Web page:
Why it matters: Improving battery density would allow EV manufacturers to increase the range of their vehicles while using identically-sized battery packs. They could also opt to make some models (like sports cars) lighter and more compact if maximizing driving range isn't a priority.

According to a new report from Reuters, Panasonic is working on improved battery chemistries that could increase energy density by 20 percent by the next decade. Considering that the best batteries on the market today stand at about 750 Wh/l, the company's future cells could increase that figure to an impressive 900 Wh/l.

Panasonic will reportedly achieve this by using a new mix of additives in the battery's electrolyte, which would, in turn, boost the maximum voltage of each individual battery cell from 4.2 volts up to 4.4 volts. Another method would be replacing more of the graphite in anodes with silicon-based materials, though this would make the batteries more expensive. Finally, the company plans to use single-crystal materials in the cathode to mitigate the effects of microcracking (small cracks gradually forming with charge cycles leading to degraded battery life).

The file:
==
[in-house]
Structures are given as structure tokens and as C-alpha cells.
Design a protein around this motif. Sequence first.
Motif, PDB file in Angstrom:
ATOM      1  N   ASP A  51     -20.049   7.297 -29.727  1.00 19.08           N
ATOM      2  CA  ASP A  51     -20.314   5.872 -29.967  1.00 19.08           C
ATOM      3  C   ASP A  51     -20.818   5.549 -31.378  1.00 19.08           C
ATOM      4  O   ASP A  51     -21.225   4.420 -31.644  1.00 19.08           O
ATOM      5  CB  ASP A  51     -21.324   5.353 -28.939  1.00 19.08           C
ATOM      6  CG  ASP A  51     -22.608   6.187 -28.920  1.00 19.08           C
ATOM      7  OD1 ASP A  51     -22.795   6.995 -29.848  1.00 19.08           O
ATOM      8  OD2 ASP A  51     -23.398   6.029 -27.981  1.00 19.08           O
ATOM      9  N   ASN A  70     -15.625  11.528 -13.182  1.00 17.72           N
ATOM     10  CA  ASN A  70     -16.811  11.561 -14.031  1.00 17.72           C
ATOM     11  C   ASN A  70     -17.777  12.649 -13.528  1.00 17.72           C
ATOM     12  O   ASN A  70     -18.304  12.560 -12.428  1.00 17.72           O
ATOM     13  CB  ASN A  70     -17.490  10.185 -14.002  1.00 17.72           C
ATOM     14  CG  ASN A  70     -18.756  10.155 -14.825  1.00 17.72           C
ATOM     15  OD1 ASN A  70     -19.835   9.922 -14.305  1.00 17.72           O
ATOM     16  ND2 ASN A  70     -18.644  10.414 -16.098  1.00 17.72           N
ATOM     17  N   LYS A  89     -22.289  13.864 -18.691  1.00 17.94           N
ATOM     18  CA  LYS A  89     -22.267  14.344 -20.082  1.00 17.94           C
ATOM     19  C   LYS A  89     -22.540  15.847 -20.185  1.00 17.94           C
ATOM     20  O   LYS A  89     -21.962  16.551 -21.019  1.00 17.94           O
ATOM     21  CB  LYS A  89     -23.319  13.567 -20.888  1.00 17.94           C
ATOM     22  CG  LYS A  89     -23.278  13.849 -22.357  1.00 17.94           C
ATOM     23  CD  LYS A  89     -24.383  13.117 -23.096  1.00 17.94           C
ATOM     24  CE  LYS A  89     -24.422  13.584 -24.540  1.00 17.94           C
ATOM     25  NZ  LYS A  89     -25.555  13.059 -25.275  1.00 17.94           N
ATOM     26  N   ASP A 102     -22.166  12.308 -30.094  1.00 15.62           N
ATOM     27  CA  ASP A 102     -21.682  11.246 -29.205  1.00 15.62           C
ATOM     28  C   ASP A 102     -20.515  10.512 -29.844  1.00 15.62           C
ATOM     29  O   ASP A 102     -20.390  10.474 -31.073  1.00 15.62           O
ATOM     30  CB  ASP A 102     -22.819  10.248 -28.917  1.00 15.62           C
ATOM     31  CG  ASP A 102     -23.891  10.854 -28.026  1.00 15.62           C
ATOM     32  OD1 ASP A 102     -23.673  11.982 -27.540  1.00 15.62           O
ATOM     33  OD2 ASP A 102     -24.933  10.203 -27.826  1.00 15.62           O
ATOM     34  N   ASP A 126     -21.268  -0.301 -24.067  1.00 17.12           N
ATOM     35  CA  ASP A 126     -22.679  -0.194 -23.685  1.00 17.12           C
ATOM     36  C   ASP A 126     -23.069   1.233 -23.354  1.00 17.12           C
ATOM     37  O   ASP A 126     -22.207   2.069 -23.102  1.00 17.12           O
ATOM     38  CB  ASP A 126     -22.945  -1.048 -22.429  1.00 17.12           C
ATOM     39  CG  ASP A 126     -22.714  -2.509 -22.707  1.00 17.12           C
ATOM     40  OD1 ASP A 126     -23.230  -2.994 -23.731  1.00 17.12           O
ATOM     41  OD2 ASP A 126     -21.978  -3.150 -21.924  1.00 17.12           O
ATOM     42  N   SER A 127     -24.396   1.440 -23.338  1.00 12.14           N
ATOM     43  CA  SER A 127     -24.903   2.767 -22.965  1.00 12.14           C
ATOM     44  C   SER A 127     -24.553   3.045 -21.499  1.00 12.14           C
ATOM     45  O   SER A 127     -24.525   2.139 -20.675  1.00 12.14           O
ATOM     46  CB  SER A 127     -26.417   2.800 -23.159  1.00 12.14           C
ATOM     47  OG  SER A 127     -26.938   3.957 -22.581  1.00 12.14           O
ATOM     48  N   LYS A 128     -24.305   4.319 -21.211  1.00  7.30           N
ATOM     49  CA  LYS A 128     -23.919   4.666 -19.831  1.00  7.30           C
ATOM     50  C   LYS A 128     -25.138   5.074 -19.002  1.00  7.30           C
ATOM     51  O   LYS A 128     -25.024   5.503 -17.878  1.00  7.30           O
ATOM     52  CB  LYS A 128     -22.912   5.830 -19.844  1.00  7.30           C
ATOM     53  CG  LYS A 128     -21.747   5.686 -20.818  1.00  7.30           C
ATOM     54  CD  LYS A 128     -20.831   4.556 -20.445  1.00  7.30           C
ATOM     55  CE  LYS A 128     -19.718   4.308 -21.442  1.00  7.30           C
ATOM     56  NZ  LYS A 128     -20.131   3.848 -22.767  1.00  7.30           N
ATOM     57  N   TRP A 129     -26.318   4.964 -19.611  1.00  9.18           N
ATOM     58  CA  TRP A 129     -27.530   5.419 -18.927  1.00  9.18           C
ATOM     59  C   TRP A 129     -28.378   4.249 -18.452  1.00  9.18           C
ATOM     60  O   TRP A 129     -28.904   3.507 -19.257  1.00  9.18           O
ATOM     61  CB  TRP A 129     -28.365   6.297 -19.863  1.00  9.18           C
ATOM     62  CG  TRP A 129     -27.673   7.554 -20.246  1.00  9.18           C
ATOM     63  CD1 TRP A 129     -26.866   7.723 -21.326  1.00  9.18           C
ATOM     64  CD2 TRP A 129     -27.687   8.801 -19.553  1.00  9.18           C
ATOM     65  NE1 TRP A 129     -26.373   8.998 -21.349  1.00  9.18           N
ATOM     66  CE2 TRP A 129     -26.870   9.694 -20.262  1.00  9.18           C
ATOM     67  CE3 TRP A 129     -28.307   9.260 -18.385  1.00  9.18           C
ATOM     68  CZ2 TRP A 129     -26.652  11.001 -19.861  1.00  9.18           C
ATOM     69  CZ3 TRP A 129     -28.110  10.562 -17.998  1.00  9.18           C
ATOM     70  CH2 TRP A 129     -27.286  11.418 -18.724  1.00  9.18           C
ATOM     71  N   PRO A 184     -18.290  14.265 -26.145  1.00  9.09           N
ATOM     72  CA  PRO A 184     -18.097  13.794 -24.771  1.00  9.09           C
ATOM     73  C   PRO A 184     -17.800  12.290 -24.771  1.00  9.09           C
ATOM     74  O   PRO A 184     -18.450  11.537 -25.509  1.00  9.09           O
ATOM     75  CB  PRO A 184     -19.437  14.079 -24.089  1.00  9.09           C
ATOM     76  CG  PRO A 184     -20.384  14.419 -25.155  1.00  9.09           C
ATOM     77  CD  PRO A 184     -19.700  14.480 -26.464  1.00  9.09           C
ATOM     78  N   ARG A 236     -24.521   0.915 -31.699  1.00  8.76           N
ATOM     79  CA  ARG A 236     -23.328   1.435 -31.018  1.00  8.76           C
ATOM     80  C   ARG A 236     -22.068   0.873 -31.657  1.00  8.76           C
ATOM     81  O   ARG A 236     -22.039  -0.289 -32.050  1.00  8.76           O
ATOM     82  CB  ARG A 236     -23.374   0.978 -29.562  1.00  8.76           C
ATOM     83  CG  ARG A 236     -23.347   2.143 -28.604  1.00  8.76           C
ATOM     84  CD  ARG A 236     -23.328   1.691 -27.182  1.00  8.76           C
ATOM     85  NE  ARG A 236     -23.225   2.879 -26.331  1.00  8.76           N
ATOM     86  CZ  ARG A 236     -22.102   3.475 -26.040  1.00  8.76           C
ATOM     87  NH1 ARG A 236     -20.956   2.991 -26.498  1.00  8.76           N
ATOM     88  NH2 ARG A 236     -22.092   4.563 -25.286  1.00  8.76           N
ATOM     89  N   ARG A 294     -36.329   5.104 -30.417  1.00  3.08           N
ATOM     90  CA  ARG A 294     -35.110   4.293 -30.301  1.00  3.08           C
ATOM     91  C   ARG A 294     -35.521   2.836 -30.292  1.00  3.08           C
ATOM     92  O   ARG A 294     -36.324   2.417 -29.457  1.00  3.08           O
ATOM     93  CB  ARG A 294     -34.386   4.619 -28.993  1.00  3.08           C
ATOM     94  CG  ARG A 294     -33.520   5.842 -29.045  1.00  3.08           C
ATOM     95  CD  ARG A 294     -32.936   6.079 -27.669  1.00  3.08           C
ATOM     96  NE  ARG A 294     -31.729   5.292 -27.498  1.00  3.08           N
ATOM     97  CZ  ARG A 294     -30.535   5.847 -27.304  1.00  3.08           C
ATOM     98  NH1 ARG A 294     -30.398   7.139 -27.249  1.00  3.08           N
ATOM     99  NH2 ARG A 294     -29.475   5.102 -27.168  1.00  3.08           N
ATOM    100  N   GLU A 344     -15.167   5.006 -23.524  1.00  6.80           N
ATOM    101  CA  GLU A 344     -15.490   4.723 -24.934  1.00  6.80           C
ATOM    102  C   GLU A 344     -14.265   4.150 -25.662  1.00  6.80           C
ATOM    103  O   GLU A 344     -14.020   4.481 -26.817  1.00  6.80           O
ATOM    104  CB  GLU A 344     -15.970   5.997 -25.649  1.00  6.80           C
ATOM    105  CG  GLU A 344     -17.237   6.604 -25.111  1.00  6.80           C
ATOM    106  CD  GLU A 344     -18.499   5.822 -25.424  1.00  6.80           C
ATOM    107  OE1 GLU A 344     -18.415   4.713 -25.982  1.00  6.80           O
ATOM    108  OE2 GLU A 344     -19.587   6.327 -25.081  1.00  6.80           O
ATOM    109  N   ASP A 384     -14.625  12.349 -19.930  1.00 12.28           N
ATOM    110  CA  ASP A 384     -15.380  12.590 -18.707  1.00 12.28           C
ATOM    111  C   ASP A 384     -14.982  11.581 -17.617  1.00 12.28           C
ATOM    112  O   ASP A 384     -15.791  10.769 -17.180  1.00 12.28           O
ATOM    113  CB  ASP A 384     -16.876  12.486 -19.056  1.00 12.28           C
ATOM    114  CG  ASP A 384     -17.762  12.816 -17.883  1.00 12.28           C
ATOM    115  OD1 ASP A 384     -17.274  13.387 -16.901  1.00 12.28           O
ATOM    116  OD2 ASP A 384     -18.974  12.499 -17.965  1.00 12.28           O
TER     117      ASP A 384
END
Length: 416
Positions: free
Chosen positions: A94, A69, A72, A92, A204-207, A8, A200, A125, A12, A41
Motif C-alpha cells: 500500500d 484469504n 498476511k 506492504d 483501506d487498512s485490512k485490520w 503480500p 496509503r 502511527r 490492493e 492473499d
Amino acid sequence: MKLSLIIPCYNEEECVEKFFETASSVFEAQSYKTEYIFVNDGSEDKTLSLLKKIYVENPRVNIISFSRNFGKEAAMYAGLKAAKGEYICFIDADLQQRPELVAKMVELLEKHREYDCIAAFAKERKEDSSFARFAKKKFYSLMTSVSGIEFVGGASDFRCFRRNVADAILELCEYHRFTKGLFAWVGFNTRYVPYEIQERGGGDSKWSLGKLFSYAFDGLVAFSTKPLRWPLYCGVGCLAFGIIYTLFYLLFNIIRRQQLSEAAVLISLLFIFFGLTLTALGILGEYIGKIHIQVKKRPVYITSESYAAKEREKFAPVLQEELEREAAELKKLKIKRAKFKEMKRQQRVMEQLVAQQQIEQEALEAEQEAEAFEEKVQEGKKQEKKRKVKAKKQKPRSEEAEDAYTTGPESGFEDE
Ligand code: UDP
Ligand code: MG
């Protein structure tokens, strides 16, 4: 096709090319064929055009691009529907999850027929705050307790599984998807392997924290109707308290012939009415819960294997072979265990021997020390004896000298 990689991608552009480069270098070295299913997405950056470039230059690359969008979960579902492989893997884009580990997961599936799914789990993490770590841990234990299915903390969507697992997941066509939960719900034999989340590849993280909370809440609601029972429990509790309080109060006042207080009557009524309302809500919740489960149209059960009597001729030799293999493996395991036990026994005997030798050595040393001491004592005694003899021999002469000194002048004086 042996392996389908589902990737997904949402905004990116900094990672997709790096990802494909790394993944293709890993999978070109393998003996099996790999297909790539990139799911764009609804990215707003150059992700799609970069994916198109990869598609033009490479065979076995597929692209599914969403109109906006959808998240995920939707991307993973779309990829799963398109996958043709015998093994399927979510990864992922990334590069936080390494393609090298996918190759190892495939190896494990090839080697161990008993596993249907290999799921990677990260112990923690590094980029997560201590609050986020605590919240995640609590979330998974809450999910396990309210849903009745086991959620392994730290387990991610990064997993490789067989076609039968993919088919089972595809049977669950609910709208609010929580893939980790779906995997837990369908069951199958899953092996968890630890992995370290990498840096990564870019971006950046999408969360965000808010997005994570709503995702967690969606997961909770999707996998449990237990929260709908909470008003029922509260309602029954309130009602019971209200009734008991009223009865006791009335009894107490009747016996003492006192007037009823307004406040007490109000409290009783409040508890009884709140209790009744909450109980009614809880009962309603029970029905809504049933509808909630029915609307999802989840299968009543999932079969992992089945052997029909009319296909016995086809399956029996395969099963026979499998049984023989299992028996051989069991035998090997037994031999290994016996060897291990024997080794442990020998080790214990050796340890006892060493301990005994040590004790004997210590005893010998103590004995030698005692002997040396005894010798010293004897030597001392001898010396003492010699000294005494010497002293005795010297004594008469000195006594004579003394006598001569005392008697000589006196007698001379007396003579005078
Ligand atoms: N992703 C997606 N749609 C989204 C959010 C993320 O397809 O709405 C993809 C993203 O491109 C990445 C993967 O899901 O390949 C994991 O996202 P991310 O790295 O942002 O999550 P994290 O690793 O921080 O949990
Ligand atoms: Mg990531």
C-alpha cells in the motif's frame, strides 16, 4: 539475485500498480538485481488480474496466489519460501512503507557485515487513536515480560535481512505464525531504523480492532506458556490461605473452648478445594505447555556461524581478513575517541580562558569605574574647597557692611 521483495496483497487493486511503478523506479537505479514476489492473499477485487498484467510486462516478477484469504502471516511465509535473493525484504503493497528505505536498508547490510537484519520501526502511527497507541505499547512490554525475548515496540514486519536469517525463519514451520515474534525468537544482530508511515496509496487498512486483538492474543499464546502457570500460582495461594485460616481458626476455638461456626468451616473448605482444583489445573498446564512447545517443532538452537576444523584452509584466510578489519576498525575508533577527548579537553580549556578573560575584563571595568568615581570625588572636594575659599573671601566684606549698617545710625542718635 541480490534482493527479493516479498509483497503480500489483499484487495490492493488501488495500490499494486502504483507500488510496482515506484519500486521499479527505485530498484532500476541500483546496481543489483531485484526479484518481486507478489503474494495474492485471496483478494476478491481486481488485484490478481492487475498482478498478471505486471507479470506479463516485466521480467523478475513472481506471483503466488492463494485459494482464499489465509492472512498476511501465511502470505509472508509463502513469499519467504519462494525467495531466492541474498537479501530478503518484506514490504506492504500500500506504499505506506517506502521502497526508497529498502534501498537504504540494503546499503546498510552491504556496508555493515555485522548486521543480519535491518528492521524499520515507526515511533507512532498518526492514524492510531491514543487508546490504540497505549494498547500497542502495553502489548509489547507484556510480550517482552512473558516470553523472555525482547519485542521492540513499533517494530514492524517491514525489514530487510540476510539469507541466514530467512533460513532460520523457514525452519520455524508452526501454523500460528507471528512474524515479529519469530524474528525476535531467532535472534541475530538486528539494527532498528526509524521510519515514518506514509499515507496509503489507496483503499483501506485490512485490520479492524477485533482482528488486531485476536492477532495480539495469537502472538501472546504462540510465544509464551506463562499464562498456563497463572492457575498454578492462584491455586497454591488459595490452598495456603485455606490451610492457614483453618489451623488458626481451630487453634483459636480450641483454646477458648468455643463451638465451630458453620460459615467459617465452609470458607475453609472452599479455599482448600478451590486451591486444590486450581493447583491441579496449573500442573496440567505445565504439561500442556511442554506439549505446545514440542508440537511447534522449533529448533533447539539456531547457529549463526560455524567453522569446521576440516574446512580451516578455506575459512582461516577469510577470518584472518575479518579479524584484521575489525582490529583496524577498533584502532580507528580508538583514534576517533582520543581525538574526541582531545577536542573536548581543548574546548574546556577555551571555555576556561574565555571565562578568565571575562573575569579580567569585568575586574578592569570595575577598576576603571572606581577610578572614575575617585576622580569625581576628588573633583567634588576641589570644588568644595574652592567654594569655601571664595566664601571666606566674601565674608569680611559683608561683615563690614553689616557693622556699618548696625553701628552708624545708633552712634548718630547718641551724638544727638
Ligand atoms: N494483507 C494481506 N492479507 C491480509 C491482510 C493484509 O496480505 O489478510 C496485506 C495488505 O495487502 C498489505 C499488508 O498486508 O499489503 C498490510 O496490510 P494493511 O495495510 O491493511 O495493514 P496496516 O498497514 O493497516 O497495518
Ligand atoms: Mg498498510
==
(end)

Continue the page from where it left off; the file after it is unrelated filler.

Panasonic is a major supplier for EV manufacturers like Tesla, meaning that these advancements could increase the range of a Model S, for example, by 75 miles. However, there are other ways to improve the energy density in EV battery packs.

Using 4680 battery cells, which are both wider and taller than today's 2170 cells, can improve the range of electric cars by 16 percent due to the more efficient use of space. They also have the advantage of being significantly cheaper to manufacture. Panasonic will reportedly build a new factory in Kansas that will supply Tesla with 4680 batteries, with the Model Y probably being the first car to ship with them.